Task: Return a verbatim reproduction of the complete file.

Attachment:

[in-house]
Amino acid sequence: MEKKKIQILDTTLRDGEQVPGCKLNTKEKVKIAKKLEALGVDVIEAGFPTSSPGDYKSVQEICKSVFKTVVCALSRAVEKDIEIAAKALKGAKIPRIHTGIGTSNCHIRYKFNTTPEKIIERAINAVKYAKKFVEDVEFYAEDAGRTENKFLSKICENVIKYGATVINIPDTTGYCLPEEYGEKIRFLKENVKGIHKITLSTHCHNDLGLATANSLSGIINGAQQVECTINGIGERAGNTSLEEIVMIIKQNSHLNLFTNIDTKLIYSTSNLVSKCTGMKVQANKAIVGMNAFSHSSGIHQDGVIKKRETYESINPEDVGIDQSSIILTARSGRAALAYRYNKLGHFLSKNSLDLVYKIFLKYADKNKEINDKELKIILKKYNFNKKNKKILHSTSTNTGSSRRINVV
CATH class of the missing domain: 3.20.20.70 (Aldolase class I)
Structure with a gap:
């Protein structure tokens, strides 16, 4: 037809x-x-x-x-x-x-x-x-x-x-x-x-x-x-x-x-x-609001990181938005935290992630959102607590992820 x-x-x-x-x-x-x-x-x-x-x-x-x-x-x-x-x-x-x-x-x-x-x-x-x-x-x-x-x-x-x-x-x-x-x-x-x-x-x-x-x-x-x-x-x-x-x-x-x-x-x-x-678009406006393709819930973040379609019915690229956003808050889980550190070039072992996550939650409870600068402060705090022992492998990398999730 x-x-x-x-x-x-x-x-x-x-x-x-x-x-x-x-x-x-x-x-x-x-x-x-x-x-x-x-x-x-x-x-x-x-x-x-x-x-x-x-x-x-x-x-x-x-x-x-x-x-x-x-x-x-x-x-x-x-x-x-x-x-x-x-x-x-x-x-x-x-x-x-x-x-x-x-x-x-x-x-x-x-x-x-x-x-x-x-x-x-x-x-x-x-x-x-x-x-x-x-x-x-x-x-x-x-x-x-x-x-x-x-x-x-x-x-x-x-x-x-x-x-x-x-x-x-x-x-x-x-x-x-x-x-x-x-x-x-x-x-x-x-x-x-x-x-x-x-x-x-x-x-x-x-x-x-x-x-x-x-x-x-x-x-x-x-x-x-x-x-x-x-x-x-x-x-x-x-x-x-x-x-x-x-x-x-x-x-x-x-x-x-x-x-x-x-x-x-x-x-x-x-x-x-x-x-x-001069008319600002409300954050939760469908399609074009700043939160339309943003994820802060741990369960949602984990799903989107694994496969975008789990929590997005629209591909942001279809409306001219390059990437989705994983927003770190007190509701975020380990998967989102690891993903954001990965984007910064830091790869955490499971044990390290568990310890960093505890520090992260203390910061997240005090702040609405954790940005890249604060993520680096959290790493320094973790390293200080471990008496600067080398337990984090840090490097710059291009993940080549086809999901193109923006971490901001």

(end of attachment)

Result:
[in-house]
Amino acid sequence: MEKKKIQILDTTLRDGEQVPGCKLNTKEKVKIAKKLEALGVDVIEAGFPTSSPGDYKSVQEICKSVFKTVVCALSRAVEKDIEIAAKALKGAKIPRIHTGIGTSNCHIRYKFNTTPEKIIERAINAVKYAKKFVEDVEFYAEDAGRTENKFLSKICENVIKYGATVINIPDTTGYCLPEEYGEKIRFLKENVKGIHKITLSTHCHNDLGLATANSLSGIINGAQQVECTINGIGERAGNTSLEEIVMIIKQNSHLNLFTNIDTKLIYSTSNLVSKCTGMKVQANKAIVGMNAFSHSSGIHQDGVIKKRETYESINPEDVGIDQSSIILTARSGRAALAYRYNKLGHFLSKNSLDLVYKIFLKYADKNKEINDKELKIILKKYNFNKKNKKILHSTSTNTGSSRRINVV
CATH class of the missing domain: 3.20.20.70 (Aldolase class I)
Structure with a gap:
């Protein structure tokens, strides 16, 4: 037809x-x-x-x-x-x-x-x-x-x-x-x-x-x-x-x-x-609001990181938005935290992630959102607590992820 x-x-x-x-x-x-x-x-x-x-x-x-x-x-x-x-x-x-x-x-x-x-x-x-x-x-x-x-x-x-x-x-x-x-x-x-x-x-x-x-x-x-x-x-x-x-x-x-x-x-x-x-678009406006393709819930973040379609019915690229956003808050889980550190070039072992996550939650409870600068402060705090022992492998990398999730 x-x-x-x-x-x-x-x-x-x-x-x-x-x-x-x-x-x-x-x-x-x-x-x-x-x-x-x-x-x-x-x-x-x-x-x-x-x-x-x-x-x-x-x-x-x-x-x-x-x-x-x-x-x-x-x-x-x-x-x-x-x-x-x-x-x-x-x-x-x-x-x-x-x-x-x-x-x-x-x-x-x-x-x-x-x-x-x-x-x-x-x-x-x-x-x-x-x-x-x-x-x-x-x-x-x-x-x-x-x-x-x-x-x-x-x-x-x-x-x-x-x-x-x-x-x-x-x-x-x-x-x-x-x-x-x-x-x-x-x-x-x-x-x-x-x-x-x-x-x-x-x-x-x-x-x-x-x-x-x-x-x-x-x-x-x-x-x-x-x-x-x-x-x-x-x-x-x-x-x-x-x-x-x-x-x-x-x-x-x-x-x-x-x-x-x-x-x-x-x-x-x-x-x-x-x-x-001069008319600002409300954050939760469908399609074009700043939160339309943003994820802060741990369960949602984990799903989107694994496969975008789990929590997005629209591909942001279809409306001219390059990437989705994983927003770190007190509701975020380990998967989102690891993903954001990965984007910064830091790869955490499971044990390290568990310890960093505890520090992260203390910061997240005090702040609405954790940005890249604060993520680096959290790493320094973790390293200080471990008496600067080398337990984090840090490097710059291009993940080549086809999901193109923006971490901001």